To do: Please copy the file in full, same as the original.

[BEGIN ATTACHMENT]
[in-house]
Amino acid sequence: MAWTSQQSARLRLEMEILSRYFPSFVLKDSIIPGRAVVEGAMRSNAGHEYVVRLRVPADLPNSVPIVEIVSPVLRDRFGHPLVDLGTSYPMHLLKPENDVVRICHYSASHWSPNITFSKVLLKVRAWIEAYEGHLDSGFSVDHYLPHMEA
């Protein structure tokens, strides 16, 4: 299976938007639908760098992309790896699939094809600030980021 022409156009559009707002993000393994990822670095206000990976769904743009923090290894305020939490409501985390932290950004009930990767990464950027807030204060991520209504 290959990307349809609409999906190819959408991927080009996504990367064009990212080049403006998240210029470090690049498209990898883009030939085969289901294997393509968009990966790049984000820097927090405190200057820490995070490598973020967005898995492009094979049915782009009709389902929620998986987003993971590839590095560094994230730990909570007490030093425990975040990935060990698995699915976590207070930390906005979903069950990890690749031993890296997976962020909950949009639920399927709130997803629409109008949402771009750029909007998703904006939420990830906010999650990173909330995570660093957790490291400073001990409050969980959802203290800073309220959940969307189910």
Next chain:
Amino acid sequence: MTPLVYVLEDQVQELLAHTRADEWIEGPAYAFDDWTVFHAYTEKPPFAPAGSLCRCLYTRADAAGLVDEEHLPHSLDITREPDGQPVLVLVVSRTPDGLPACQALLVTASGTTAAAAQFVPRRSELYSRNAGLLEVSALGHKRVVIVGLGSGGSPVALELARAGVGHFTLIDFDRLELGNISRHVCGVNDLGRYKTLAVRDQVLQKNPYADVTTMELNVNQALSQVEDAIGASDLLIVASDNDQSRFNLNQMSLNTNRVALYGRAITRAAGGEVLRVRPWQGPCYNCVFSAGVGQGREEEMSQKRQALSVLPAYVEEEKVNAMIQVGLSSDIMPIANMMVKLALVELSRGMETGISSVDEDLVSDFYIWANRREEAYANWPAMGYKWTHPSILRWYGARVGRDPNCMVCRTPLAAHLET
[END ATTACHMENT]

[in-house]
Amino acid sequence: MAWTSQQSARLRLEMEILSRYFPSFVLKDSIIPGRAVVEGAMRSNAGHEYVVRLRVPADLPNSVPIVEIVSPVLRDRFGHPLVDLGTSYPMHLLKPENDVVRICHYSASHWSPNITFSKVLLKVRAWIEAYEGHLDSGFSVDHYLPHMEA
């Protein structure tokens, strides 16, 4: 299976938007639908760098992309790896699939094809600030980021 022409156009559009707002993000393994990822670095206000990976769904743009923090290894305020939490409501985390932290950004009930990767990464950027807030204060991520209504 290959990307349809609409999906190819959408991927080009996504990367064009990212080049403006998240210029470090690049498209990898883009030939085969289901294997393509968009990966790049984000820097927090405190200057820490995070490598973020967005898995492009094979049915782009009709389902929620998986987003993971590839590095560094994230730990909570007490030093425990975040990935060990698995699915976590207070930390906005979903069950990890690749031993890296997976962020909950949009639920399927709130997803629409109008949402771009750029909007998703904006939420990830906010999650990173909330995570660093957790490291400073001990409050969980959802203290800073309220959940969307189910």
Next chain:
Amino acid sequence: MTPLVYVLEDQVQELLAHTRADEWIEGPAYAFDDWTVFHAYTEKPPFAPAGSLCRCLYTRADAAGLVDEEHLPHSLDITREPDGQPVLVLVVSRTPDGLPACQALLVTASGTTAAAAQFVPRRSELYSRNAGLLEVSALGHKRVVIVGLGSGGSPVALELARAGVGHFTLIDFDRLELGNISRHVCGVNDLGRYKTLAVRDQVLQKNPYADVTTMELNVNQALSQVEDAIGASDLLIVASDNDQSRFNLNQMSLNTNRVALYGRAITRAAGGEVLRVRPWQGPCYNCVFSAGVGQGREEEMSQKRQALSVLPAYVEEEKVNAMIQVGLSSDIMPIANMMVKLALVELSRGMETGISSVDEDLVSDFYIWANRREEAYANWPAMGYKWTHPSILRWYGARVGRDPNCMVCRTPLAAHLET